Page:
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Aan tafel met Rett Larson

The year 2017 has seen quite some new faces in the national Dutch Women’s Volleyball team!

Some new girls have been introduced into the mix and of course the new trainer Jamie Morrisson is building a team to reach new levels this year. But there are also some other new faces doing interesting things to get the girls as fit and enthusiastic as possible to allow them to give their best when it really matters, enter Rett Larson!

Rett Larson is the ‘fit’ coach of the Orange team and we have been seeing some fun things happening before and after the matches on the field and in the training sessions; working out with stretchy bands, dancing sessions and throwing frisbee’s in training… Is there logic to the madness? It is time to have a chat with fit coach Rett.

Name: Rett Larson (Garrett Larson)
Place of birth: Richmond (Virginia, USA)
Parents: Helen and Steve
Siblings: Gretchen and Susan
Best things about Holland: Level of directness, the bold honesty. It’s refreshing!
The weather, yes really, I like the weather here.
I like how active Dutch people are; on their bikes, walking, running in parks etc.

Rett, how would you describe your profession?

Well, I am what you would call a strengthening and conditioning coach. My work is not just for professional athletes, it applies for whoever wants to advance in their strength and conditioning.

Did you always know that you wanted to work in this field?

No! I started out studying to become an attorney. Something completely different from what I do now. But I come from a family full of lawyers, so it was a field that I was acquainted with. I got the good advice to start as an intern before going to college. I started as a legal assistance specialized in a computer program the scanned exhibits, like photos or other types of evidence. That program could enlarge and then highlight sections. It sounds old fashioned now, but it was very novel back then and I was one of the people that were good with that program. So, I ended up staying in that job for about five years and not proceeding to law school.

How did you get from that job to this job? It’s so different!

Next to working in a suit, I loved going to the gym. I got into these conditioning boot camp training sessions. Again, now you see boot camp training everywhere, but it was new back then. The two trainers who created that training started out on new ventures and they asked me to take over the training. I loved it! More and more my focus went into training, strength and conditioning and after a good talk with my mum, I concluded that I wanted to keep working in this direction and not pursue a career in law.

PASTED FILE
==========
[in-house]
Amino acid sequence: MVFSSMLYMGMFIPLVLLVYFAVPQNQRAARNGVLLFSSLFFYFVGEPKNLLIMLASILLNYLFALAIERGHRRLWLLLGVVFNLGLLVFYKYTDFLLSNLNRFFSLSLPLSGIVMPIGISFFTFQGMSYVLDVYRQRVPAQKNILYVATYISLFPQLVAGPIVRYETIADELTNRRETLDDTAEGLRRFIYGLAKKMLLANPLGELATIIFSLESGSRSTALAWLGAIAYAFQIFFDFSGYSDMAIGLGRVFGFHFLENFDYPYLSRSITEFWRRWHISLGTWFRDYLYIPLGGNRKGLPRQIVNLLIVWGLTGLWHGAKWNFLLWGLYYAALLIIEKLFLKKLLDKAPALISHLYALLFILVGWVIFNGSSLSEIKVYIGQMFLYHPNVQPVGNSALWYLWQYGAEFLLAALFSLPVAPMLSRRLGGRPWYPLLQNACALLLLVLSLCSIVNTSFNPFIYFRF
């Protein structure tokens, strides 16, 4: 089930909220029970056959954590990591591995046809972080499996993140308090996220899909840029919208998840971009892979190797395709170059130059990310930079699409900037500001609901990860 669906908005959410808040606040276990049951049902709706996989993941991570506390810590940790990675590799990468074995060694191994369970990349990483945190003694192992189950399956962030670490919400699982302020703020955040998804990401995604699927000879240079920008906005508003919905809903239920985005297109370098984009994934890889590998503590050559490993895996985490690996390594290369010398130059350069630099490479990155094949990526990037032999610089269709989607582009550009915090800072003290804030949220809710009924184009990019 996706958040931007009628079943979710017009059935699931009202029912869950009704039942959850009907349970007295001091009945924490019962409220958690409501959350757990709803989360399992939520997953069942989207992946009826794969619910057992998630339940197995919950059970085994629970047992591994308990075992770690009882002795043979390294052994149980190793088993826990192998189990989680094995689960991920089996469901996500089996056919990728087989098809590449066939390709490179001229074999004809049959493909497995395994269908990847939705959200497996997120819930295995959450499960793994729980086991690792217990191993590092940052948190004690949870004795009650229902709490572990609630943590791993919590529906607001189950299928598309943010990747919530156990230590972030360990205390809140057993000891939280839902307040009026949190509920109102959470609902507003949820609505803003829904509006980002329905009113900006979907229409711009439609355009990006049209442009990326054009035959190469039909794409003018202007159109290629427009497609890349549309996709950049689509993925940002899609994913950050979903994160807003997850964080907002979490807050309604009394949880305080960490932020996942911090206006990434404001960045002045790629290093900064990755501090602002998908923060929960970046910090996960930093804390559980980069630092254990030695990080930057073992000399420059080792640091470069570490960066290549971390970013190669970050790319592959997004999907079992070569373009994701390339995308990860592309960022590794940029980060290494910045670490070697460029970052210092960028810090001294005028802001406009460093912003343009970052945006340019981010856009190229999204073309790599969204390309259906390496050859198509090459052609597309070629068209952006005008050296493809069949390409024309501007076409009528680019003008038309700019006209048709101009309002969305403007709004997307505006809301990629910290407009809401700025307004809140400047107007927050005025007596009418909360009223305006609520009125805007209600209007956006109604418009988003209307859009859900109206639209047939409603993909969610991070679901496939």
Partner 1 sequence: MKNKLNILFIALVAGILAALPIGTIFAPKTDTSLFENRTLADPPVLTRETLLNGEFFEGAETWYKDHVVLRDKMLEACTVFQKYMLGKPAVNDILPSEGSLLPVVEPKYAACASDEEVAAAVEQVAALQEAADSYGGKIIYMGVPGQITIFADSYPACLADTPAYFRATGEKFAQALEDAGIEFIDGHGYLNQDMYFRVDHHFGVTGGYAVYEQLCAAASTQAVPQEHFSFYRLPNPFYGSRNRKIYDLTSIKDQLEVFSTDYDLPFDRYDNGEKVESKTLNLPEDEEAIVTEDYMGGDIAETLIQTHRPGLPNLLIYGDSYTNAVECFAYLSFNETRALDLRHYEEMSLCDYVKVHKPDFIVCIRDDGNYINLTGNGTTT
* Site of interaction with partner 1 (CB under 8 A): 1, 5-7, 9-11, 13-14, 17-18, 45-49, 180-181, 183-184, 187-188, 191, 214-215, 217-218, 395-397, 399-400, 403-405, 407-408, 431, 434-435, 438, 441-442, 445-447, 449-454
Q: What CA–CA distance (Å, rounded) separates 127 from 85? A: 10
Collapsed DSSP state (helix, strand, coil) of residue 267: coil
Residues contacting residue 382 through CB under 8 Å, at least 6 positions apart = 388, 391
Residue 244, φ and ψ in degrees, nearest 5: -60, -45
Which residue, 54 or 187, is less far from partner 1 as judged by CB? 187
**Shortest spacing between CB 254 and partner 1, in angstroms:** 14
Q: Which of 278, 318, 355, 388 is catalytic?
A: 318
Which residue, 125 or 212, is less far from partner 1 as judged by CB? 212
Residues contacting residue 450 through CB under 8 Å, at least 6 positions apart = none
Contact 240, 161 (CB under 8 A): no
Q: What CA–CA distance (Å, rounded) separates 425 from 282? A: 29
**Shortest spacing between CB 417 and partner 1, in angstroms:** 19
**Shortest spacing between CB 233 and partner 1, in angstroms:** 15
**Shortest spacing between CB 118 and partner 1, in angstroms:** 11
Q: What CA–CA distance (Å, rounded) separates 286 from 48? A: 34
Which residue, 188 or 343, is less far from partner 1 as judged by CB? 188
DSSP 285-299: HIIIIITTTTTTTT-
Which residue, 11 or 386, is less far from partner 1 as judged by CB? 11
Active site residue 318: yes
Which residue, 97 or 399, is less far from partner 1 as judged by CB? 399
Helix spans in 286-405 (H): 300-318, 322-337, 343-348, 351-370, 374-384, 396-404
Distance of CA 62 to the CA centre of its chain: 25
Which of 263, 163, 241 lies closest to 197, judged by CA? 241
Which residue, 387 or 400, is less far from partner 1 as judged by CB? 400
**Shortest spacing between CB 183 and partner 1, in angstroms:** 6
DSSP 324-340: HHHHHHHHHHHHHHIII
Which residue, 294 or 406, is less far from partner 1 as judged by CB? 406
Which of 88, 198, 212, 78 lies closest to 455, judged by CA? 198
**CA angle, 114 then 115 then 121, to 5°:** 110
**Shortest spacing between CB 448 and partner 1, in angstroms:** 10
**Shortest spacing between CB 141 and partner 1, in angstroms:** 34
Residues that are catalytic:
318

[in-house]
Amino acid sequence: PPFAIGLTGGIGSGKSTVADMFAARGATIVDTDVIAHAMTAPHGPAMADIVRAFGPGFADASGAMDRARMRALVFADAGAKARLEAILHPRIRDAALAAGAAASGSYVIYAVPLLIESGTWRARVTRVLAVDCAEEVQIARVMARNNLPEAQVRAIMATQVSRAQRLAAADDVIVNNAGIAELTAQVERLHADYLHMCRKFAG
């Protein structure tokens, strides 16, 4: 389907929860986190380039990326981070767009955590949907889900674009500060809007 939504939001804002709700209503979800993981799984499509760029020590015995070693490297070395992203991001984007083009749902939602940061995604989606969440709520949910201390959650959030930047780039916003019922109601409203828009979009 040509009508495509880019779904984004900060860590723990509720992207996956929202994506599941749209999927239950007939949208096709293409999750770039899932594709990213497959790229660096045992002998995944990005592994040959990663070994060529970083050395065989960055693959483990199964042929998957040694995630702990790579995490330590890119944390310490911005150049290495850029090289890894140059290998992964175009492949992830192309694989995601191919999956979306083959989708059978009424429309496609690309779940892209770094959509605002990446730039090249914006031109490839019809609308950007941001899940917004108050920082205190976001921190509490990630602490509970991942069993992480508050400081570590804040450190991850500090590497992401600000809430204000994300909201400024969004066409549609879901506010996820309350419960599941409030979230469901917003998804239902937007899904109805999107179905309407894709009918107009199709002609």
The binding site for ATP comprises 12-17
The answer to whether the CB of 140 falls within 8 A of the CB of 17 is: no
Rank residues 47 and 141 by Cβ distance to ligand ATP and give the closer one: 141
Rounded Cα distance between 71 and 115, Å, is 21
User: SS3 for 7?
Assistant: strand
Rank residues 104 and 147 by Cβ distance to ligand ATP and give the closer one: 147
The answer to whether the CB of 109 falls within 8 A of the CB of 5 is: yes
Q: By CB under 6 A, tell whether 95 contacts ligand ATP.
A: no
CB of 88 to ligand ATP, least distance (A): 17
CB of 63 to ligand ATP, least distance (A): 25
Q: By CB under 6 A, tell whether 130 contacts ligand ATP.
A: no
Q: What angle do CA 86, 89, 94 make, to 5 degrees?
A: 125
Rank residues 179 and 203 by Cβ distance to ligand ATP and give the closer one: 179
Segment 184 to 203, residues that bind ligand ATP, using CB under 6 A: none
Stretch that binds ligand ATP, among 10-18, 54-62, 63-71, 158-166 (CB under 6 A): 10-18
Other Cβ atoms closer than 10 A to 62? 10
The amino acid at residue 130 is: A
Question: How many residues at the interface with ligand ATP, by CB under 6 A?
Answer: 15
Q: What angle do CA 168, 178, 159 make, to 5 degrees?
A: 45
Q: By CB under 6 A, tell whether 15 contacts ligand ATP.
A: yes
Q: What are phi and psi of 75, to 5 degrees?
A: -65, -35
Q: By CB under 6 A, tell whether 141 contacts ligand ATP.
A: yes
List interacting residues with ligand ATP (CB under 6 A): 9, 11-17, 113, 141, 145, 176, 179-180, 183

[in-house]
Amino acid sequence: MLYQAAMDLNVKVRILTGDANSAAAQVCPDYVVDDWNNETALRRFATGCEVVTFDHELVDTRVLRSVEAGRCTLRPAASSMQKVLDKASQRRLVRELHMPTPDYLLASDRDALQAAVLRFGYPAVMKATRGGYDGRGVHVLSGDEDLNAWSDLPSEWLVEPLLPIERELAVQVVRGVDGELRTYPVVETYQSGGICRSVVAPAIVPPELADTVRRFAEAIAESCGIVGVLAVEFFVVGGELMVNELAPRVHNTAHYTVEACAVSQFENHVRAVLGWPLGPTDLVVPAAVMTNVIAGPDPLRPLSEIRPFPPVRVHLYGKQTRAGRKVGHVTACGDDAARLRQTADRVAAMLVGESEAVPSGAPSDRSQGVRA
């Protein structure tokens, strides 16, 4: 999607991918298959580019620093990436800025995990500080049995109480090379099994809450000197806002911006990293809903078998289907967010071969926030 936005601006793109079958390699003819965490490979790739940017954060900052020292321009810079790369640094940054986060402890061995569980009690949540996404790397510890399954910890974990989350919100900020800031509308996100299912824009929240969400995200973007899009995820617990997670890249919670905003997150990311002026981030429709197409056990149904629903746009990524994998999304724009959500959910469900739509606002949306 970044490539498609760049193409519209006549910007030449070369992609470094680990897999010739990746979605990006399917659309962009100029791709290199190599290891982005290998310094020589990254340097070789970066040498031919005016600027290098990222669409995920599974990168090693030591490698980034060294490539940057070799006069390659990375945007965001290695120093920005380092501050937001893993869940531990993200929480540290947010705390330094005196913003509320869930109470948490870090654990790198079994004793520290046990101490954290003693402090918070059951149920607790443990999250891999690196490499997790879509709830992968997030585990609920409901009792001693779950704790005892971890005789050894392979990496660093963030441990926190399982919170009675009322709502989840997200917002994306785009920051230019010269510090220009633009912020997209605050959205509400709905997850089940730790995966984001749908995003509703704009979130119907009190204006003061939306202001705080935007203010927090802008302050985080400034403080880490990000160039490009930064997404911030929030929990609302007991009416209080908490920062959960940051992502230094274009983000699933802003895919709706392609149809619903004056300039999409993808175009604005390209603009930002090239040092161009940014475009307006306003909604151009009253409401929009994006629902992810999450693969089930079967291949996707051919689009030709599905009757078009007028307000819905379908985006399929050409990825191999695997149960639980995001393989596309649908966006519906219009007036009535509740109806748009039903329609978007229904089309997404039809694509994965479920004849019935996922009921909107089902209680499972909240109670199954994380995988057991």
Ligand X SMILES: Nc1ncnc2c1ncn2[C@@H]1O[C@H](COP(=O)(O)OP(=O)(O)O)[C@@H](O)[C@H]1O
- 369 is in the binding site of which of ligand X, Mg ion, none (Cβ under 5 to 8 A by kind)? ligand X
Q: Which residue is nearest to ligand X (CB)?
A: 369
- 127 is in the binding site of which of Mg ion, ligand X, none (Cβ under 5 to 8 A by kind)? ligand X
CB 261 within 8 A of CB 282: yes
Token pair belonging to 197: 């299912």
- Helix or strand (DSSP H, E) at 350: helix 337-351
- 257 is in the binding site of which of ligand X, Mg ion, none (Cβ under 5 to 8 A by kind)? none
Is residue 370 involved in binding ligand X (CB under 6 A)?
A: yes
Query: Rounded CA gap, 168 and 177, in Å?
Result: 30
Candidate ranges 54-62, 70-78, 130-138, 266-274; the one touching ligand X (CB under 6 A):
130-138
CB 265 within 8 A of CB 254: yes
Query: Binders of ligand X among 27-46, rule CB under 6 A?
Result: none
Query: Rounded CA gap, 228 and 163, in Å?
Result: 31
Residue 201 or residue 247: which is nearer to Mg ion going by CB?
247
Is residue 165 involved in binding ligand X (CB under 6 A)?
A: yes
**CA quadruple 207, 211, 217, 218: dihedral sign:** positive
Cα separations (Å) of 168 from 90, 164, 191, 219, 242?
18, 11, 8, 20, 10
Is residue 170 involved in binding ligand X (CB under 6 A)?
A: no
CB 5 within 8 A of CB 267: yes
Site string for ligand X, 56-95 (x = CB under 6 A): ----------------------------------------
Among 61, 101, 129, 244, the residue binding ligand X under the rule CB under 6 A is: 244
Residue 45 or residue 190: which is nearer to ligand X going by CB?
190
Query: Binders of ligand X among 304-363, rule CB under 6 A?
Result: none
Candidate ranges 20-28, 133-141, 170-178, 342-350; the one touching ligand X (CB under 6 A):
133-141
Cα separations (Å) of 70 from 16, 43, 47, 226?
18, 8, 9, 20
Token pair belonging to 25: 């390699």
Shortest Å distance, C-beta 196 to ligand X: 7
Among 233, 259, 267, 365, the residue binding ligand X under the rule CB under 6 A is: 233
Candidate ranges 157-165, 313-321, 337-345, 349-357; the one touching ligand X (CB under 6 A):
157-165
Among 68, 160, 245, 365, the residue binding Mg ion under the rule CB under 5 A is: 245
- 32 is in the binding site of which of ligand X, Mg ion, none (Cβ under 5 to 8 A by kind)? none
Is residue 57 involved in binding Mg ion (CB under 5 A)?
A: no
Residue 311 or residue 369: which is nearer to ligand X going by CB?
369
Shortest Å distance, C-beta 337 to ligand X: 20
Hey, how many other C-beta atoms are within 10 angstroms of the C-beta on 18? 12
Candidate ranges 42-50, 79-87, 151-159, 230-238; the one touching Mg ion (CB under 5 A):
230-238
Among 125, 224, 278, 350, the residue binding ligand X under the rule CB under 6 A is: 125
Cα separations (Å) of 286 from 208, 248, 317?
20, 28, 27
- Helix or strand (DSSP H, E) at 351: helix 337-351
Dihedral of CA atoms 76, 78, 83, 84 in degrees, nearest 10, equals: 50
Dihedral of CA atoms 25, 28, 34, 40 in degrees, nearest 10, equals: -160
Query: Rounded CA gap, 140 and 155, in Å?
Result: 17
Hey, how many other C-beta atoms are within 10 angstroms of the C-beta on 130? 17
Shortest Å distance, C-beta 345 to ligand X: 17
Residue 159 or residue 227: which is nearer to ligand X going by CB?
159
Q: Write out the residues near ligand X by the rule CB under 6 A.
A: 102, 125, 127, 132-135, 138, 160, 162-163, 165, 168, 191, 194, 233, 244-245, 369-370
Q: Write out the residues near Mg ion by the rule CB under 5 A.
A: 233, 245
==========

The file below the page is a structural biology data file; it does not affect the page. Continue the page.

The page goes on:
Is there a strength and conditioning college? I guess you need certain certificates?

Yes, I got my masters in Exercise Physiology and you then need to get certain certifications. In the USA, the most respected certificate from the National Strength and Conditioning Association is ‘Certified Strength and Conditioning Specialist’. I studied hard for that one! It was so interesting though, I loved the textbook that goes into how the body responds to stress. Isn’t it fascinating that you can function in 0 degrees Celsius and in 45 degrees Celsius, your body works in ways to deal with these temperatures. But when your core temperature drops or elevates more than 2 to 4 degrees, you feel horrible! Hypothermia or fever hits you. Figuring out how that works, how the body reacts to change and stress is so fascinating and stimulates me to find out how we can optimally train the body and mind.

Did you keep working as a boot camp trainer?

Well, I guess I got lucky as I could start working with the Indiana Pacers, they are an American professional basketball team based in Indianapolis, Indiana. In the meantime, I was giving some interviews and was writing articles, also for a volleyball magazine. This led me to the position of working with the women’s volleyball team at Marymount University in Washington DC.

What do you think your secret in your way of working is?

Hahaha I don’t think I have any secrets, I just always try to keep it interesting. When you make a training fun, interesting and neurological stimulating, the athlete will not even notice how hard they are training. I guess that’s key. It’s all about getting the muscles warm, focusing on making certain parts more flexible and other parts stronger, while ‘distracting’ the athlete by making the exercises interesting, fun and challenging.
When athletes get bored, feel that training and practice is monotonous, their moral goes down, they feel tired and feel more sore. That is never a good place if you want to get better, stronger and fitter. It also doesn’t help with recovery after training.